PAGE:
The parent company of Facebook, Meta, has faced its share of scrutiny and legal complications recently. However, Meta won a victory last week in the U.S. Court of Appeals for the District of Columbia Circuit. This federal appellate court upheld a decision by a trial court, dismissing a lawsuit against Meta by nearly all the states. The lawsuit had asserted that Facebook had violated antitrust laws by acquiring Instagram and WhatsApp, which allegedly undermined competition.
These acquisitions had occurred in 2012 and 2014. The judge in the lower court found that the states had waited too long to challenge the acquisitions, since they did not file their complaint until December 2020. A three-judge panel of the D.C. Circuit agreed. Judge Raymond Randolph pointed out that an injunction undoing these acquisitions “would have severe consequences” that could have been avoided if the states had brought the lawsuit in a timely manner. During the eight-year and six-year periods between the acquisitions and the lawsuit, Facebook had worked to integrate Instagram, combine WhatsApp data across all Facebook products, and modify its own products and services based on the acquisitions.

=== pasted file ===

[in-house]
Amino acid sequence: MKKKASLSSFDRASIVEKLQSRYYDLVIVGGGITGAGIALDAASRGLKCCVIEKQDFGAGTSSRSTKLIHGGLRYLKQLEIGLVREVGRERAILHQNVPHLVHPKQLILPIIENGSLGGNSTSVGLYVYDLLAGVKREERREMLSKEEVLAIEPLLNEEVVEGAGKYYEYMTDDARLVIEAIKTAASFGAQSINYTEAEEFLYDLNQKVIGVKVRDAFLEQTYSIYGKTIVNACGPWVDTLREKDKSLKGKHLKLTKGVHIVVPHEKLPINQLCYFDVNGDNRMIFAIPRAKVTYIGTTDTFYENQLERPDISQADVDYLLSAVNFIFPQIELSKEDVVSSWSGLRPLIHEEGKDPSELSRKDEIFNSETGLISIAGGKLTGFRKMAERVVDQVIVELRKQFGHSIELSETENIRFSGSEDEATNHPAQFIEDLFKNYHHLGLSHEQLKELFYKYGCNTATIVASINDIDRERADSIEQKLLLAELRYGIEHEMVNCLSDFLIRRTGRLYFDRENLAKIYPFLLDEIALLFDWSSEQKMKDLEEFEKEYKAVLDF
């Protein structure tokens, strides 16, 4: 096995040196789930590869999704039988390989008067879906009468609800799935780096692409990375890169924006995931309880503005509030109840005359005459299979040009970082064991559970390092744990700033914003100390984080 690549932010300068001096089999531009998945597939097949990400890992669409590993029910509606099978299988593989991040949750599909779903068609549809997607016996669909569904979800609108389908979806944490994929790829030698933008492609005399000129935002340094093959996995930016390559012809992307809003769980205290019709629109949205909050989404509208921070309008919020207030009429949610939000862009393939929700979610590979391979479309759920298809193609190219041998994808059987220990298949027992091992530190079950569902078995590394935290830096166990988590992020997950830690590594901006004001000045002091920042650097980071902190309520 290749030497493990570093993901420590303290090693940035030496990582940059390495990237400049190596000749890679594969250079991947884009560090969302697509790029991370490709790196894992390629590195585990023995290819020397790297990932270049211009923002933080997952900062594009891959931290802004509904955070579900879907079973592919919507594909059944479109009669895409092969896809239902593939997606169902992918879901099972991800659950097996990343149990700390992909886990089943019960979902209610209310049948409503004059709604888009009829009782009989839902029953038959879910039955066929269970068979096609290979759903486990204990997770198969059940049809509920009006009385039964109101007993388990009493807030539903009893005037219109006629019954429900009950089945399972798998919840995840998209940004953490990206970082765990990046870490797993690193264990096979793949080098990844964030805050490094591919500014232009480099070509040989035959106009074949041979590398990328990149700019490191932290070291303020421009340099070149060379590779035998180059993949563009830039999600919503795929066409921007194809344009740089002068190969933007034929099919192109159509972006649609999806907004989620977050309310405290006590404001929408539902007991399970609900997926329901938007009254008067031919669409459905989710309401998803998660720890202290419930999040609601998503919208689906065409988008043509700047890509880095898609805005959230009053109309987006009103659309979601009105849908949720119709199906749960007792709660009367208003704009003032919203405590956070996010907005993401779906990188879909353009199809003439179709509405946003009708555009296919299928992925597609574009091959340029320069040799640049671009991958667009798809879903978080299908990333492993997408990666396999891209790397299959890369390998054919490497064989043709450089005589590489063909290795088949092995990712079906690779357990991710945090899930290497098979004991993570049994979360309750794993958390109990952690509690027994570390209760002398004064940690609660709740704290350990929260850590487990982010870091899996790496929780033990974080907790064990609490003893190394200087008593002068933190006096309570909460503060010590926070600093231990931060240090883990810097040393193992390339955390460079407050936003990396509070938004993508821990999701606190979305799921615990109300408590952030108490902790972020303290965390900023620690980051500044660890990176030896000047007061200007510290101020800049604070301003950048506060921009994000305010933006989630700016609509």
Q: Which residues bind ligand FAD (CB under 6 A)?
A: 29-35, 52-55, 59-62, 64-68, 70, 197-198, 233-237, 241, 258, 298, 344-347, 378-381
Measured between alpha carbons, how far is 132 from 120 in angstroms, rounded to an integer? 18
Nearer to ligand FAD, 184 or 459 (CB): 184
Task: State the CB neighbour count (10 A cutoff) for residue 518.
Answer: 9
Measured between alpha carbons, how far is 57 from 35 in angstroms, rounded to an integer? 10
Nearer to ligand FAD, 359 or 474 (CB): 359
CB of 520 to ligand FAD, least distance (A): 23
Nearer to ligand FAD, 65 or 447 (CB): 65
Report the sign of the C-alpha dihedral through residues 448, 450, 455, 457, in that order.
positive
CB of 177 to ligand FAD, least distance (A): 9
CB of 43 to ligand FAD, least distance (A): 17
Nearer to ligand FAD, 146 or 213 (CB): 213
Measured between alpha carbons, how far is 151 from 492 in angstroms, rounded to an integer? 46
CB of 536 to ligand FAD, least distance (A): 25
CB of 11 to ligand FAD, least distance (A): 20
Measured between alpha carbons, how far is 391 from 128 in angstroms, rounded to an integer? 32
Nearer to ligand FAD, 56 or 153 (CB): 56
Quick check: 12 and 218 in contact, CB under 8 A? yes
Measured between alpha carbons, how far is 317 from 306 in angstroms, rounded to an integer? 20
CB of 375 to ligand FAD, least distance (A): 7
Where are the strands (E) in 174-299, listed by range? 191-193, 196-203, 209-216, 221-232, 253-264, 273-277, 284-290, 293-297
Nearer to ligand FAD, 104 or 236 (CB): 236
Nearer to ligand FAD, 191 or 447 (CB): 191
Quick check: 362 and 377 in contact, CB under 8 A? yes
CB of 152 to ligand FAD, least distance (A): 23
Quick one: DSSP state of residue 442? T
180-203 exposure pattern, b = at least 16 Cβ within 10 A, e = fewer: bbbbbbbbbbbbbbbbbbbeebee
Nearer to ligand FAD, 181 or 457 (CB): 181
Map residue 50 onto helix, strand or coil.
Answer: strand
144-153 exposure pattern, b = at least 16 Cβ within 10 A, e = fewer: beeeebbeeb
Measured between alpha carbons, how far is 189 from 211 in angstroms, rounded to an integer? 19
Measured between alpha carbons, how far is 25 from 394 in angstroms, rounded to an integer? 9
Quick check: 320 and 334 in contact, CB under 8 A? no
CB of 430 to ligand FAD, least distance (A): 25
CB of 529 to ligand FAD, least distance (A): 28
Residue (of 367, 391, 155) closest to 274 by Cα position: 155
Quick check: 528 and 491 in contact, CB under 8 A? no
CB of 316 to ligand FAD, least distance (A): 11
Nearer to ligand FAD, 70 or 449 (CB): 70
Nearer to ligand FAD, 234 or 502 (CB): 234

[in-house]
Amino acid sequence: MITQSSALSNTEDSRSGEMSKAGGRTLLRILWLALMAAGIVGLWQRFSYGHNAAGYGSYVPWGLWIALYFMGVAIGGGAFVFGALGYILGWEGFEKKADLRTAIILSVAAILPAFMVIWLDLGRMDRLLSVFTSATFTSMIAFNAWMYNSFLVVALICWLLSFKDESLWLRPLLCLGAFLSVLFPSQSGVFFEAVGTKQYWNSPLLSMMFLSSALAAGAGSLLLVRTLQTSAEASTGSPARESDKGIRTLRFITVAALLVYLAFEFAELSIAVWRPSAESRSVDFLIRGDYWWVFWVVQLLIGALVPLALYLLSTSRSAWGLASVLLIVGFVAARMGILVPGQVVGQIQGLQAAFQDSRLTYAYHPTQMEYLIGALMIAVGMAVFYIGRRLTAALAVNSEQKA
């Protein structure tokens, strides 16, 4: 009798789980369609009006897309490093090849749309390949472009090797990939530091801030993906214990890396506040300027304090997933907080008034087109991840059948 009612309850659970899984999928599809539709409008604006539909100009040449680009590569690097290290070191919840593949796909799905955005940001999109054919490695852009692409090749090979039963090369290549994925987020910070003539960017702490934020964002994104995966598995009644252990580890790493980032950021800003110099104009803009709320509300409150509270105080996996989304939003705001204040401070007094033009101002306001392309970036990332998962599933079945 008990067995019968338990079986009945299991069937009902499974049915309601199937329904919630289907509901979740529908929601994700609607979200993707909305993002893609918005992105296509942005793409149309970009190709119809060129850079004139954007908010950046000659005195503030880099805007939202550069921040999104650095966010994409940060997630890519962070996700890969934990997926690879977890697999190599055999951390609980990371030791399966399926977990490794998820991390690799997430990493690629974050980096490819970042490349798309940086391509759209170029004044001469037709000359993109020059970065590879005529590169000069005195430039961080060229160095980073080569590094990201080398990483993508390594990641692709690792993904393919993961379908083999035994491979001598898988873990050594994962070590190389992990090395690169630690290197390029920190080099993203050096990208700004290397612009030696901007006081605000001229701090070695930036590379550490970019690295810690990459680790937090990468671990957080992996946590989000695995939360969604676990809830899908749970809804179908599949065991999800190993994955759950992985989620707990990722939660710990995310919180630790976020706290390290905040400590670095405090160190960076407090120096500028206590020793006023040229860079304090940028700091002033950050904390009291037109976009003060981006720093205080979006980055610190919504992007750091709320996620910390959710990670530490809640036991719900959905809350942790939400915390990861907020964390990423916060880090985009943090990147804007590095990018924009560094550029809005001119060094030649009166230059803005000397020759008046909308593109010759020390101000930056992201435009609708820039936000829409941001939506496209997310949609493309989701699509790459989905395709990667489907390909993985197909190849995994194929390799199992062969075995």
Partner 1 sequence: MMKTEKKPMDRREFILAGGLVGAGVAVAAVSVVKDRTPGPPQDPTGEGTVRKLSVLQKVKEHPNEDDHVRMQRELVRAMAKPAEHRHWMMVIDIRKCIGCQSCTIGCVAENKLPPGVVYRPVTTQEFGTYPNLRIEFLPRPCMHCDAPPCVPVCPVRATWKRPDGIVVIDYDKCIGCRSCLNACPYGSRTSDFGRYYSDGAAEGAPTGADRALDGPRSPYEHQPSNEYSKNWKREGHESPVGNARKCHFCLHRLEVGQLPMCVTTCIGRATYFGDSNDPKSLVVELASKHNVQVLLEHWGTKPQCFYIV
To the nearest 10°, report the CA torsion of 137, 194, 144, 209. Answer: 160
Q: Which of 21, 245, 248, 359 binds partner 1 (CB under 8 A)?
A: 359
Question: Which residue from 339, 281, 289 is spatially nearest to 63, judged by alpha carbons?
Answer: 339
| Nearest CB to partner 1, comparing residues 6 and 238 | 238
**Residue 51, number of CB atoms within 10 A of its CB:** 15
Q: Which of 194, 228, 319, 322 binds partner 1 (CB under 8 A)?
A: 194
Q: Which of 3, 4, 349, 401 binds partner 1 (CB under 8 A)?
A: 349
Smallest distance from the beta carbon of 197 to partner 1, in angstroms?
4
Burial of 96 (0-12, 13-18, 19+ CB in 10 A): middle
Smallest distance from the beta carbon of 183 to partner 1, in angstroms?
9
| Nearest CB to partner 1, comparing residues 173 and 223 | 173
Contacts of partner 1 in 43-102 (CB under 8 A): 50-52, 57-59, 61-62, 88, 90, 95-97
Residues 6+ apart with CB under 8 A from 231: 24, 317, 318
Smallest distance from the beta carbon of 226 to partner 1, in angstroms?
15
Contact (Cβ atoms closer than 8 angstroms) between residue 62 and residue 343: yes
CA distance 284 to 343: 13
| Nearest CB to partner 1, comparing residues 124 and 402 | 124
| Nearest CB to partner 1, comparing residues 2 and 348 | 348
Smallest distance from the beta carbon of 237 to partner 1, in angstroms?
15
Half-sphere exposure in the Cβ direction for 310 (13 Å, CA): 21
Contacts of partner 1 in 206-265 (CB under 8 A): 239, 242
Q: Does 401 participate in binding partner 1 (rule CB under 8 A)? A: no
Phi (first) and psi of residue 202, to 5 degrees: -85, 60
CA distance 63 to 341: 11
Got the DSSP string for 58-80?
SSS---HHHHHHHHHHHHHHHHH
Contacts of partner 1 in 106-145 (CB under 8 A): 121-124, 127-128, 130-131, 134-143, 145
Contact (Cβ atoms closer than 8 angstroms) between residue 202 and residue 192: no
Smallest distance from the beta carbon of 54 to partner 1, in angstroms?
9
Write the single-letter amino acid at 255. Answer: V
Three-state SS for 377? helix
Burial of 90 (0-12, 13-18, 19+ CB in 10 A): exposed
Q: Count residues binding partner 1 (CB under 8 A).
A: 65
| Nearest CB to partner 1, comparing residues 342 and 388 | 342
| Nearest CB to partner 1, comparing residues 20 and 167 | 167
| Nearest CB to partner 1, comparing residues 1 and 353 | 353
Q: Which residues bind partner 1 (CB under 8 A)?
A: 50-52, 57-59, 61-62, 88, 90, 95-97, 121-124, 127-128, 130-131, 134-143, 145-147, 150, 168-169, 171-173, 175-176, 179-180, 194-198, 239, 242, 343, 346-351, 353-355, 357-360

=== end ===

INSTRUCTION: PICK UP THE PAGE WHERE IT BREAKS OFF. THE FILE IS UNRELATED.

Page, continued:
The D.C. Circuit also dispensed with a section of the lawsuit based on Facebook policies that it has now abandoned. The states had alleged that the tech company had violated antitrust laws through certain features of its platform policies for third-party developers of applications. The D.C. Circuit agreed with the judge in the lower court that these allegations did not set forth a violation of the Sherman Act.
Despite this victory, Meta still faces a parallel lawsuit by the Federal Trade Commission, based on the Instagram and WhatsApp acquisitions. The trial court judge who dismissed the case by the states chose not to dismiss the FTC case. (He dismissed the initial complaint that the FTC filed in 2021, but he found that its refiled complaint met the standard for the case to proceed.)
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